Dark Adaptation

It is an obvious fact that the eyes need time to adjust to the dark after coming out g of a brightly-lit room - a phenomenon known as dark adaptation. And two factors 3

are actually at play here. One is the dilation or opening of the pupils themselves, which begins immediately upon entering the dark and continues for several minutes. The other involves the actual chemistry of the eye, as the hormone rhodopsin -Q ^ (often called "visual purple") stimulates the sensitivity of the rods to low levels of O I— illumination. The combined result is that night vision improves noticeably for perhaps half an hour or so (and then continues to do so very slowly for many hours following this initial period). This is why the sky typically looks black on first

Fig. 4.1. Dark adaptation times for both the color-sensitive cones (open circles) at the center of the eye, and the light-sensitive rods (black dots) around the outer part of the eye. At the "rod-cone break" some 10 min after being in the dark, the sensitivity of the cones levels off and remains unchanged. The rods, however, continue to increase their sensitivity to low light levels, with complete dark adaptation taking at least 4 hours! For all practical purposes, the eye is essentially dark-adapted in about 30-40 minutes. Good dark adaptation is essential for viewing the fainter Herschel wonders.

Fig. 4.1. Dark adaptation times for both the color-sensitive cones (open circles) at the center of the eye, and the light-sensitive rods (black dots) around the outer part of the eye. At the "rod-cone break" some 10 min after being in the dark, the sensitivity of the cones levels off and remains unchanged. The rods, however, continue to increase their sensitivity to low light levels, with complete dark adaptation taking at least 4 hours! For all practical purposes, the eye is essentially dark-adapted in about 30-40 minutes. Good dark adaptation is essential for viewing the fainter Herschel wonders.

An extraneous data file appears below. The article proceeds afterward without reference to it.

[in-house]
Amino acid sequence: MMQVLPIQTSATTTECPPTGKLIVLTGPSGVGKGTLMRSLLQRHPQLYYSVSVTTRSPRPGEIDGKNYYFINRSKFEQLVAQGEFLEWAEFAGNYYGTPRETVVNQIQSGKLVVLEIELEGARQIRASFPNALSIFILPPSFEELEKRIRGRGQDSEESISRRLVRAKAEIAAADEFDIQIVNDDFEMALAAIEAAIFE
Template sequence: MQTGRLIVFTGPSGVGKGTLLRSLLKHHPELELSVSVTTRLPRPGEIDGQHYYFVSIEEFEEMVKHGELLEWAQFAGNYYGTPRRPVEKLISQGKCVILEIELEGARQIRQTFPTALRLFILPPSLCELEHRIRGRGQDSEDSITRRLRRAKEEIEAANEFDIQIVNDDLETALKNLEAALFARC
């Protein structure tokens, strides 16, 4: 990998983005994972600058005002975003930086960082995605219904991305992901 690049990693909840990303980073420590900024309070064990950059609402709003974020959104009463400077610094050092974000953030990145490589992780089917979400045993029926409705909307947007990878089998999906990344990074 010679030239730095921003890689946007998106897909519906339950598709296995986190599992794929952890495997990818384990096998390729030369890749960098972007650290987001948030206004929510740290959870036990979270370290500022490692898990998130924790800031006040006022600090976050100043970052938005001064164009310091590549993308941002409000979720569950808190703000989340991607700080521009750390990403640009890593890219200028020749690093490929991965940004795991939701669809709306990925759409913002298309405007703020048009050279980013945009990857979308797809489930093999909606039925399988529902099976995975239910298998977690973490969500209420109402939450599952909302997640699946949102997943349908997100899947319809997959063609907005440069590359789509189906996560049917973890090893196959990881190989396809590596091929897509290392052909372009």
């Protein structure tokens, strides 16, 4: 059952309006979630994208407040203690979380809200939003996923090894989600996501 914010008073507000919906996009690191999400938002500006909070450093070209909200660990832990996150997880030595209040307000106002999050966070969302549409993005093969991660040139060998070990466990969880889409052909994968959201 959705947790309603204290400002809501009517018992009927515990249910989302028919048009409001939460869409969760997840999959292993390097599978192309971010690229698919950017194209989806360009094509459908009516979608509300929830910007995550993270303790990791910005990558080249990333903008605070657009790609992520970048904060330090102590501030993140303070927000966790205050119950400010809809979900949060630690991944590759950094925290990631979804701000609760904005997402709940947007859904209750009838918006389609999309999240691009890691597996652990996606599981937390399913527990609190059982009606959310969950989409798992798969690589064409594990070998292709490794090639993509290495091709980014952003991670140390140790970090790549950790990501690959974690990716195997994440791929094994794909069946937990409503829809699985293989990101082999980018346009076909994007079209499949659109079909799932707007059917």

going outside, but later appears gray as you fully adjust to the dark. In the first instance, it is a stark contrast effect and in the second the eye has become sensitive to surrounding illumination, light pollution, and the natural airglow of the night sky itself that were not seen initially (Fig. 4.1).

Stargazers typically begin their observing sessions by viewing bright objects like the Moon and planets first and moving to fainter ones afterwards, giving the eye time to gradually dark-adapt naturally. This procedure is of critical importance in observing deep-sky objects like those in the Herschel catalog. Stars themselves are generally bright enough that they can be seen to full advantage almost immediately upon looking into the telescope. (Exceptions are faint pairs of stars and dim companions to brighter stars, where the radiance of the primary often destroys the effect of dark adaptation.) White light causes the eye to lose its dark adaptation but red light preserves it, making it standard practice to use red illumination to read star charts and write notes at the eyepiece. Another helpful technique is to wear sunglasses (preferably polarized) whenever venturing outside on a sunny day if you plan to look for "faint fuzzies" that evening. It has been shown that bright sunlight - especially that reflected from an ocean beach, bodies of water, and from snow - can retard the eye's dark adaptation for as long as several days!

Herschel often placed a dark hood over his head to maintain his dark adaptation. This is also done by some observers today, especially those living in heavily light-polluted areas. Such "photographer's cloths" (as they are generally known)

are simply dark opaque pieces of fabric that are thrown over the observer's head and the eyepiece area of the telescope, effectively eliminating stay light and preserving dark adaptation. They are available from camera stores and some telescope dealers, and can also be easily fabricated. In actual practice, these hoods can prove a bit suffocating - especially on warm muggy nights - and are sure to raise the eyebrows of any neighbor who happens to see you lurking in the dark!

Was this article helpful?

0 0

Post a comment